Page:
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I am wondering is there any other way to make a non-synchronized data structure to be thread safe other than using synchronized data structure like Hashtable and Vector, or using a wrapper like Collections.synchronizedList(List<T> arg) or Collections.synchronizedMap(Map<K,V> arg) ?

I was asked on the interview that how to make a hashmap thread safe, and I told him to use Hashtable or ConcurrentHashMap or use the Collections.synchronizedMap wrapper, however, seems like these answers is not what he is looking for

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it depends on the data structure really. Can you be more specific? – Dmitry B. Aug 20 '12 at 20:56
Yes I updated my question slightly – peter Aug 20 '12 at 21:03
Or use a ConcurrentHashMap, that uses CAS primitive instead of locks – Chander Shivdasani Aug 20 '12 at 21:05
I actually said ConcurrentHashMap and CopyonWriteArrayList instead of hashtable and vector – peter Aug 20 '12 at 21:06
There is no general-purpose way to make an arbitrary data structure immutable, except to lock the whole thing on each operation...or to make it read-only. – Louis Wasserman Aug 20 '12 at 21:10
up vote 4 down vote accepted

Yes, you can make it immutable. This is actually an excellent way to make code thread safe in many situations.

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Can you give an example please ? lets say you want to make hashmap thread-safe – peter Aug 20 '12 at 21:04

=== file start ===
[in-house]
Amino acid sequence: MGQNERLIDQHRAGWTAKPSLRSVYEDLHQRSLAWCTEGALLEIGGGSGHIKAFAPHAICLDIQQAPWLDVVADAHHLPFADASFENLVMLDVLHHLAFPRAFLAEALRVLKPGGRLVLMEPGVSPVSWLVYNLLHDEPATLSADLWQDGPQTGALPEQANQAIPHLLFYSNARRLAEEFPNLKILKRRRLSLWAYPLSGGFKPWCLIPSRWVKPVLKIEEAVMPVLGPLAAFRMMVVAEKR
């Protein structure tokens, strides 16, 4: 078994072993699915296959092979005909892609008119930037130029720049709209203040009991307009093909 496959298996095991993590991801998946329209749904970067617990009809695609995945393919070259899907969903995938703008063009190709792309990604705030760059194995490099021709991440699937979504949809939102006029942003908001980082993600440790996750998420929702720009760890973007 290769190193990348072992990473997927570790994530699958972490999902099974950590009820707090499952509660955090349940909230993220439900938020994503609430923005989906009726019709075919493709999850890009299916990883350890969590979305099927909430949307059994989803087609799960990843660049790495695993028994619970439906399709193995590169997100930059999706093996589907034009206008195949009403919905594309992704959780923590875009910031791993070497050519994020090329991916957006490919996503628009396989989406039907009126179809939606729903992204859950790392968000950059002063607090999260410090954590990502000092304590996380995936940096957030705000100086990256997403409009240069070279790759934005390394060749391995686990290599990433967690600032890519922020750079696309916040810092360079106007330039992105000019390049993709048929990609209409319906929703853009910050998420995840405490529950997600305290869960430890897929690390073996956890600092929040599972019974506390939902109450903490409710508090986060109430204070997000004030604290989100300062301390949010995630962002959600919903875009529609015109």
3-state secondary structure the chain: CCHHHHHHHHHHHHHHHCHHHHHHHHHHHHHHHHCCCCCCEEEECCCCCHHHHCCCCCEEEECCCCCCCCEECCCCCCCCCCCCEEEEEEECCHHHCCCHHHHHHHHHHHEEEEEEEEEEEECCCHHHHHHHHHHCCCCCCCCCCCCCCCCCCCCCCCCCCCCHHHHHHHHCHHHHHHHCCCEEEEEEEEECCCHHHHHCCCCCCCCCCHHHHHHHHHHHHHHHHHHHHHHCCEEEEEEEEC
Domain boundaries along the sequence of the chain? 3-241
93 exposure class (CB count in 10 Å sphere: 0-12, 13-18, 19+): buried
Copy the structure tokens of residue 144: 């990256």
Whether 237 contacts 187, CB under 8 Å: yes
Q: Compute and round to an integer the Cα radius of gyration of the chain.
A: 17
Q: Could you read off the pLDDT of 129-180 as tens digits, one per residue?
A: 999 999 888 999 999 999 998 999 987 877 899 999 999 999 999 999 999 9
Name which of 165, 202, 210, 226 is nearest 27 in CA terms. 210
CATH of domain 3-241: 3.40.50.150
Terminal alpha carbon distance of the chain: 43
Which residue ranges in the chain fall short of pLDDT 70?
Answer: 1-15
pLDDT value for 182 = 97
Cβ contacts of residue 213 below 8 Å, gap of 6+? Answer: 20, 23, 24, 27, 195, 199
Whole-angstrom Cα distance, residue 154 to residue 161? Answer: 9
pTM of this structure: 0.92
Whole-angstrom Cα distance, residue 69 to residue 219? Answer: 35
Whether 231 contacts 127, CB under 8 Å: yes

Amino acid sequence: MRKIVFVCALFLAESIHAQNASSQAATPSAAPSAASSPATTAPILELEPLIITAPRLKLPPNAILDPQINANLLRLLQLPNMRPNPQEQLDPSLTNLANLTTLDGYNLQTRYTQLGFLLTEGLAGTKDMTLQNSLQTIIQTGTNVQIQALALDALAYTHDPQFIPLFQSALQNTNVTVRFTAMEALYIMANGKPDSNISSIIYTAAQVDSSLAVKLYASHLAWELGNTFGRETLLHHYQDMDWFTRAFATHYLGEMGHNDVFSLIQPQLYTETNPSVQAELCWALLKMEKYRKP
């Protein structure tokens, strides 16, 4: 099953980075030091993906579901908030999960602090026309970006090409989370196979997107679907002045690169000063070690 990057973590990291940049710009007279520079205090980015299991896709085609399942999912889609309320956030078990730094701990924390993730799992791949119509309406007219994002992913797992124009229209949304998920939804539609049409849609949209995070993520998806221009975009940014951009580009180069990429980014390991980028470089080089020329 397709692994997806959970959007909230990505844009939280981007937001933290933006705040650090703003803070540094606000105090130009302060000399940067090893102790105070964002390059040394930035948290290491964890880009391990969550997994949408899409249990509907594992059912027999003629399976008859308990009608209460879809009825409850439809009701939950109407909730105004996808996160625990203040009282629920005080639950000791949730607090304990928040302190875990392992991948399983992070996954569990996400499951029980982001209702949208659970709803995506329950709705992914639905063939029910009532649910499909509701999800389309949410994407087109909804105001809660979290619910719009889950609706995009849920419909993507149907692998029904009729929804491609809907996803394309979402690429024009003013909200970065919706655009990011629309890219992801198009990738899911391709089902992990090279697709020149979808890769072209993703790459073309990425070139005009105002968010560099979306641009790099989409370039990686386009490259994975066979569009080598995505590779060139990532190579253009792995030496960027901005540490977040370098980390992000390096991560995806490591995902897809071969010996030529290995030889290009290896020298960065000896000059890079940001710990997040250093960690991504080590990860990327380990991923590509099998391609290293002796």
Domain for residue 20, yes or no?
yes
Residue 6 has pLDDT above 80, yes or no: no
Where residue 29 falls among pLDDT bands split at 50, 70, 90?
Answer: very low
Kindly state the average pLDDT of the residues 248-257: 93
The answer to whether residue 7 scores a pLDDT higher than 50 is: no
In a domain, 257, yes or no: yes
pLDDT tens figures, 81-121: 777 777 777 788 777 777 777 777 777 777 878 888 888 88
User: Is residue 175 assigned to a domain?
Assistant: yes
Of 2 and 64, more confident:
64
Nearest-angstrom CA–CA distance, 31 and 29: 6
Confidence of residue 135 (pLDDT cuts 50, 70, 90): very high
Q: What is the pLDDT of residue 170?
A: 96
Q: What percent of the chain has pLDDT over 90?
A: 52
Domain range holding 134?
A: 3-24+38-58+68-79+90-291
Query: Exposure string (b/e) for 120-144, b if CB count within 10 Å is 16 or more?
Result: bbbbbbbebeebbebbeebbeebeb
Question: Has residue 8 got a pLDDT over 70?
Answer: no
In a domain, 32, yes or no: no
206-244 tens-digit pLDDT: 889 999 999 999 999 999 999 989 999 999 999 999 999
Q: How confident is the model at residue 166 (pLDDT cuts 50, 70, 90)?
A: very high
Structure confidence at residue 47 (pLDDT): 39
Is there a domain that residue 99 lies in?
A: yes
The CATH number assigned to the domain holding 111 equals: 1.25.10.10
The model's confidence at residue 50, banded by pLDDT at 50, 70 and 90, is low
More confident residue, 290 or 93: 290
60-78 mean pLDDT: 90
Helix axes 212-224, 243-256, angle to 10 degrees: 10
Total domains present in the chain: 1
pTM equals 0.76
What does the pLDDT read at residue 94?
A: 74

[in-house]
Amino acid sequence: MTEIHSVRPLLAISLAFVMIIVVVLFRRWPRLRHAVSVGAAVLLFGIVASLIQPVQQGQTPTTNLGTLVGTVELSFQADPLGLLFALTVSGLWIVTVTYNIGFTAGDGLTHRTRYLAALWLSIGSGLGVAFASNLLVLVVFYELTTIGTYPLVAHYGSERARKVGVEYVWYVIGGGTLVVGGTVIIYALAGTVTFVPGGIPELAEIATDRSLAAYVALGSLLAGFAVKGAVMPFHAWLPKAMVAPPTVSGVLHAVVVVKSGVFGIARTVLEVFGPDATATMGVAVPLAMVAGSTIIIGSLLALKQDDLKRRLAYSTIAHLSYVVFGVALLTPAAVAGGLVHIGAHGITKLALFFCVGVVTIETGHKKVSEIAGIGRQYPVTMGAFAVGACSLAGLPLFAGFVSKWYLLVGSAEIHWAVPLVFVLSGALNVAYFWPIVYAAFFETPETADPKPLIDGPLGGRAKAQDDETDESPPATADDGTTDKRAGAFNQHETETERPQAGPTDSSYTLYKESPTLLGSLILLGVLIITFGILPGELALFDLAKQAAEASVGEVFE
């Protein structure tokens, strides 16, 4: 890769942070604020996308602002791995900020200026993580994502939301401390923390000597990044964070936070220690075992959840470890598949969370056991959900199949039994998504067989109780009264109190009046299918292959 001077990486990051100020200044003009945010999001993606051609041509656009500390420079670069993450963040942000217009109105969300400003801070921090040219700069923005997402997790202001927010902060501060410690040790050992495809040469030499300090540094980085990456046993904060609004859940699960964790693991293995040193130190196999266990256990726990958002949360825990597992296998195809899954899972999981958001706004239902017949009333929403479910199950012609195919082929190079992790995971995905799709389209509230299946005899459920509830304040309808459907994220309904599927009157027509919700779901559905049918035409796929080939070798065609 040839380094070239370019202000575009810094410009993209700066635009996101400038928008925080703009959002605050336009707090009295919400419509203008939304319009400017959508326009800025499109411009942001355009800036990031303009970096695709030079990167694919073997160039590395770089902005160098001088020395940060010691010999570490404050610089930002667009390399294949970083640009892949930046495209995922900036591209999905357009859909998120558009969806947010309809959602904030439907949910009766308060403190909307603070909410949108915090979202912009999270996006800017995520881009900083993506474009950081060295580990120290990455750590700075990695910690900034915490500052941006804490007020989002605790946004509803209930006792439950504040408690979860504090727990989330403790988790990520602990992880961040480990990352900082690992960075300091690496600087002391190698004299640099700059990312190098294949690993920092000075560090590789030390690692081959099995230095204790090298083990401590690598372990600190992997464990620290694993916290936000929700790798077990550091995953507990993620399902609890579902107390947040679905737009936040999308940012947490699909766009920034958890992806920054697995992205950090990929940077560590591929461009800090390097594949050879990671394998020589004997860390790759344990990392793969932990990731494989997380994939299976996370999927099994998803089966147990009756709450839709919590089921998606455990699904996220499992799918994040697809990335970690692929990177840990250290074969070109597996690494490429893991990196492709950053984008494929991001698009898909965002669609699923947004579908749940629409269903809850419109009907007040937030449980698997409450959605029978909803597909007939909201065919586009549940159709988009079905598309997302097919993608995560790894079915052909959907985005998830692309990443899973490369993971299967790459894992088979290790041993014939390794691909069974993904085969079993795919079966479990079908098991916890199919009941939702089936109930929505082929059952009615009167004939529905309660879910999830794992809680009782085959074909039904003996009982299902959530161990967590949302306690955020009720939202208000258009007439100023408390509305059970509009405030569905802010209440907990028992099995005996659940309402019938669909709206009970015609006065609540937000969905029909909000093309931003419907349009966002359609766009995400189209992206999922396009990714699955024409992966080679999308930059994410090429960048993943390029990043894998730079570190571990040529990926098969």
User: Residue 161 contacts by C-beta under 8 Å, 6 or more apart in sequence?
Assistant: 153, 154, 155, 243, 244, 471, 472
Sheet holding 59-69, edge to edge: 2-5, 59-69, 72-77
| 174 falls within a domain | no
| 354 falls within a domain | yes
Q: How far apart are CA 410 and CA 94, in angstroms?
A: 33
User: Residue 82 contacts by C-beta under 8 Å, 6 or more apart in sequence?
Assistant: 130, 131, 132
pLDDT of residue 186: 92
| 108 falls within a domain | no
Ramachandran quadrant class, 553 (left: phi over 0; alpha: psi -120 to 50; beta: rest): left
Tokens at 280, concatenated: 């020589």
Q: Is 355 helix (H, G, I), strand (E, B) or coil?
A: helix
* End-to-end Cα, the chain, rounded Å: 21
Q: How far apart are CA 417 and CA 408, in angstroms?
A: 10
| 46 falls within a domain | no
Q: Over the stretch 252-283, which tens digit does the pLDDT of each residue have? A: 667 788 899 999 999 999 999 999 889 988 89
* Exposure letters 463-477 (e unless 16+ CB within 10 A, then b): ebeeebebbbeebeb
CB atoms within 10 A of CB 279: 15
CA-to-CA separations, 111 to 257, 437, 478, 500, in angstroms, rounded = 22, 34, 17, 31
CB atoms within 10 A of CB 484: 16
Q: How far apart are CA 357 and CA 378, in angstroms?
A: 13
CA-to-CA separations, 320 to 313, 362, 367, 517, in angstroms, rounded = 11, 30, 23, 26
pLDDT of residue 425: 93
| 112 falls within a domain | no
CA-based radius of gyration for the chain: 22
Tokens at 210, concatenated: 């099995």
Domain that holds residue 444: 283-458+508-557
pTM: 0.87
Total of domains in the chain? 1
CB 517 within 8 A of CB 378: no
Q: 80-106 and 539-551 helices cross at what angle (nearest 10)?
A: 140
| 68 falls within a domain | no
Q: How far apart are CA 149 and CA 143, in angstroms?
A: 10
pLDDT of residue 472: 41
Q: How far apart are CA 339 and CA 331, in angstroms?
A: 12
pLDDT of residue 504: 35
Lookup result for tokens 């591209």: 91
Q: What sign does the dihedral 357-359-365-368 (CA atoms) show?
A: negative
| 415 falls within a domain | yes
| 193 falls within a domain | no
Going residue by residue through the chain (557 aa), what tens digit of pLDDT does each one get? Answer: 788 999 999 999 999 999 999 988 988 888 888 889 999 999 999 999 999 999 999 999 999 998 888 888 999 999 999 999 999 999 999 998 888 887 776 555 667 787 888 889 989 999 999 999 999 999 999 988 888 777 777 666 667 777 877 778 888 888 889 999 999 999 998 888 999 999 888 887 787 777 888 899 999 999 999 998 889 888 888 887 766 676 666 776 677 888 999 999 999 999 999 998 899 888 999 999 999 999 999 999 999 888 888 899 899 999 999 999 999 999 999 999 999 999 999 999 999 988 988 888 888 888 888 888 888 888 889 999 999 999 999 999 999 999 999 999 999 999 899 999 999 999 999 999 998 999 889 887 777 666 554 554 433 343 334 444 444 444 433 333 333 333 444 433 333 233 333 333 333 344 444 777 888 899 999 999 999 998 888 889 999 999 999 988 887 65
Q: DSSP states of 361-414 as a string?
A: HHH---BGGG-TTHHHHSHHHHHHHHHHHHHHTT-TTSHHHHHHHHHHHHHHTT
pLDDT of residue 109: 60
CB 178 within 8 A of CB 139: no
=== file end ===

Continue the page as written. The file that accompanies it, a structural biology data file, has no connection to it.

Basically all you have to do is to not expose any methods that alter the state of the Map, and make sure that every change to the Map results in a new Map being created. This isn't feasible for every situation, but when it is it saves you a lot of headache. – Keppil Aug 20 '12 at 21:10
Several libraries have specialized immutable versions of collections -- e.g. Guava's ImmutableMap. – Louis Wasserman Aug 20 '12 at 21:11
@Keppil Are you saying to make a defensive copy ? like deep copy of whatever you are returning from the map ? – peter Aug 20 '12 at 21:12
@user1389813: You will need to make an entirely new Map when a change is requested, so this would require a deep copy to be absolutely safe. – Keppil Aug 20 '12 at 21:23

Yes. If you do the synchronization of the construct yourself. But this is not recommended for apparent reasons...

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Why would this be not recommended? One of the main reasons for introducing ArrayList as a substitute for Vector is that the synchronization that's actually needed for an application is often at a higher level than individual function calls to a Vector instance. This is usually done either with synchronized blocks or by using lock objects (from java.util.concurrent.locs). – Ted Hopp Aug 20 '12 at 20:59
Yes I said it can be done that why. What I meant was that it is better to use one of the synchronized versions than try to do the synchronization himself. – Cratylus Aug 20 '12 at 21:05
Not...necessarily. If you want to synchronize a whole bunch of operations together, the synchronized wrappers won't help you. – Louis Wasserman Aug 20 '12 at 21:09
@LouisWasserman:What do you mean? – Cratylus Aug 20 '12 at 21:11
If what you want is synchronized(list) { list.add(a); list.add(b); list.remove(c); }, then Collections.synchronizedList doesn't really benefit you much. Only if you're interested in locking on only one operation at a time is it helpful. – Louis Wasserman Aug 20 '12 at 21:15

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